Members of the hepatic nuclear factor 3 (HNF3) family, including HNF3alpha, beta and gamma, play important roles in embryonic development, the establishment of tissue-specific gene expression and the regulation of gene expression in differentiated tissues. The transducin-like Enhancer of split (TLE) proteins, the human homologs of Drosophila Groucho, directly associate with HNF3beta. The CRII region of HNF3beta (a.a. 361-388) is responsible for the interaction with TLE1. The CRII region is conserved between all three mammalian HNF3 proteins and the Drosophila Forkhead protein. The CRII region of HNF3beta does not contain the WRPW motif that is required for the interaction between TLE/Groucho and the Hairy, Hairy/Enhancer of split-like (HES). The CRII region also does not resemble the eh1/GEH motif that is required for the interaction between TLE/Groucho and Engrailed or Goosecoid. The CRII region, however, does have an FNHPF sequence that may serve as a TLE binding site, since it has two aromatic residues separated by a proline. A mammalian two hybrid assay was used to confirm that this interaction occurs in vivo. Overexpression of TLE1 in HepG2 and HeLa cells decreases transactivation mediated through the C-terminal domain of HNF3beta, and Grg5, a naturally occurring dominant negative form of Groucho/TLE, also increases the transcriptional activity of this region of HNF3. These results suggest that TLE proteins could influence the expression of mammalian genes regulated by HNF3 (Wang, 2000).

Protein interactions of Foxa1-3 family members

Transgenic mice expressing the homeobox gene Hoxa5 under the control of Hoxb2 regulatory elements present a growth arrest during weeks two and three of postnatal development, resulting in proportionate dwarfism. These mice present a liver phenotype illustrated by a 12-fold increase in liver insulin-like growth factor binding protein 1 (IGFBP1) mRNA and a 50% decrease in liver insulin-like growth factor 1 (IGF1) mRNA correlated with a 50% decrease in circulating IGF1. The Hoxa5 transgene is expressed in the liver of these mice, leading to an overexpression of total (endogenous plus transgene) Hoxa5 mRNA in this tissue. Several cell lines were used to investigate a possible physiological interaction of Hoxa5 with the main regulator of IGFBP1 promoter activity, the Forkhead box transcription factor FKHR. In HepG2 cells, Hoxa5 has little effect by itself but inhibits the FKHR-dependent activation of the IGFBP1 promoter. In HuF cells, Hoxa5 cooperates with FKHR to dramatically enhance IGFBP1 promoter activity. This context-dependent physiological interaction probably corresponds to the existence of a direct interaction between Hoxa5 and FKHR and FoxA2/HNF3ß, as demonstrated by pull-down experiments achieved either in vitro or after cellular co-expression. In conclusion, it is proposed that the impaired growth observed in this transgenic line relates to a liver phenotype best explained by a direct interaction between Hoxa5 and liver-specific Forkhead box transcription factors, in particular FKHR but also Foxa2/HNF3ß. Because Hoxa5 and homeogenes of the same paralog group are normally expressed in the liver, the present results raise the possibility that homeoproteins, in addition to their established role during early development, regulate systemic physiological functions. (Foucher, 2002).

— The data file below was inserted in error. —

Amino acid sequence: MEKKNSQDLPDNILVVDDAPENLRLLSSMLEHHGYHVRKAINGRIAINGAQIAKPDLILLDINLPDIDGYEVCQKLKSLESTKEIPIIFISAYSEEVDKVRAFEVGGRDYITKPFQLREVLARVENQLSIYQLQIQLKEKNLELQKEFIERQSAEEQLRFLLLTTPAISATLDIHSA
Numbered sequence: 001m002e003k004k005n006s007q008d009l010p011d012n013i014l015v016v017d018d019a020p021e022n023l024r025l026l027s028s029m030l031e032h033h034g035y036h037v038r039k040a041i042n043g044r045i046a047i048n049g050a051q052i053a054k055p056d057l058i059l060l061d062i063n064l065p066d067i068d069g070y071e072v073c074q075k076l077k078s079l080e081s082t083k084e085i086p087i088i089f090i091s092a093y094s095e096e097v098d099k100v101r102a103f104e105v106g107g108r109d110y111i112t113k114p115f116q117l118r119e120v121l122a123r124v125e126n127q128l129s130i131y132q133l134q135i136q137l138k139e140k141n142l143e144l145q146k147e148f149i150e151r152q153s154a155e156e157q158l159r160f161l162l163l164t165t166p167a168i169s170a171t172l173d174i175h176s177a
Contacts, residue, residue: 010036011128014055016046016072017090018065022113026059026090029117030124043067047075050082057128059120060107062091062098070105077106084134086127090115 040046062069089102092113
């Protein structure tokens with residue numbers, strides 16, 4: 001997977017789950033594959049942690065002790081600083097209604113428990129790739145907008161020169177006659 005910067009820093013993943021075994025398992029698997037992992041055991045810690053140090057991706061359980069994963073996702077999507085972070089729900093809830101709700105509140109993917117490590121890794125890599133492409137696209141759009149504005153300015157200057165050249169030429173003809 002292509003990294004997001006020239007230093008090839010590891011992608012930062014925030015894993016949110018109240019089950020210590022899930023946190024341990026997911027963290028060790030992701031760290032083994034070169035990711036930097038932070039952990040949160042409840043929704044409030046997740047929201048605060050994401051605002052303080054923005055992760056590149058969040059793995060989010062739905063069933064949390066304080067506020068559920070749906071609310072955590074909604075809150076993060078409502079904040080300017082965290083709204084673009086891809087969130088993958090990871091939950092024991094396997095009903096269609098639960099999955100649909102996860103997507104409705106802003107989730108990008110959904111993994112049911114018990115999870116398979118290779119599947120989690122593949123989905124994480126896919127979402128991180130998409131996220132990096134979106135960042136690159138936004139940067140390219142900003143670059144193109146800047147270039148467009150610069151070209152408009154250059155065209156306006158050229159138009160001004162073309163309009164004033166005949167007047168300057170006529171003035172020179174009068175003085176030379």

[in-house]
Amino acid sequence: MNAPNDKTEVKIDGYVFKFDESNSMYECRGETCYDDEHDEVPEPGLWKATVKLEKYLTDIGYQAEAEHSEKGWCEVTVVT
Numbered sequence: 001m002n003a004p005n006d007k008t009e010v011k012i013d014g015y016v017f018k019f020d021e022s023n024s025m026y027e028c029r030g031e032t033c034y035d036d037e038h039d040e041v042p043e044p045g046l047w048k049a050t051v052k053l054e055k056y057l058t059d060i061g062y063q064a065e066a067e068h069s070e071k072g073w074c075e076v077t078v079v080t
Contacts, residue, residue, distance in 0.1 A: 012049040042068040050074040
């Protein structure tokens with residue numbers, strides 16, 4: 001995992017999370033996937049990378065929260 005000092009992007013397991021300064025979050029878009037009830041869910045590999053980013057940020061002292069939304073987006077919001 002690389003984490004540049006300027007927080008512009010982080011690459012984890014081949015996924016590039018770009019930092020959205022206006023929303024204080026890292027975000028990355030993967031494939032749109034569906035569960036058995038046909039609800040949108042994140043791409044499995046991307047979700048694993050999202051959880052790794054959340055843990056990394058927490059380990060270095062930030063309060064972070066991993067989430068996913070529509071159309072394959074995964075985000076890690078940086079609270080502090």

Table of contents

forkhead: Biological Overview | Regulation | Targets of Activity | Developmental Biology | Effects of Mutation | References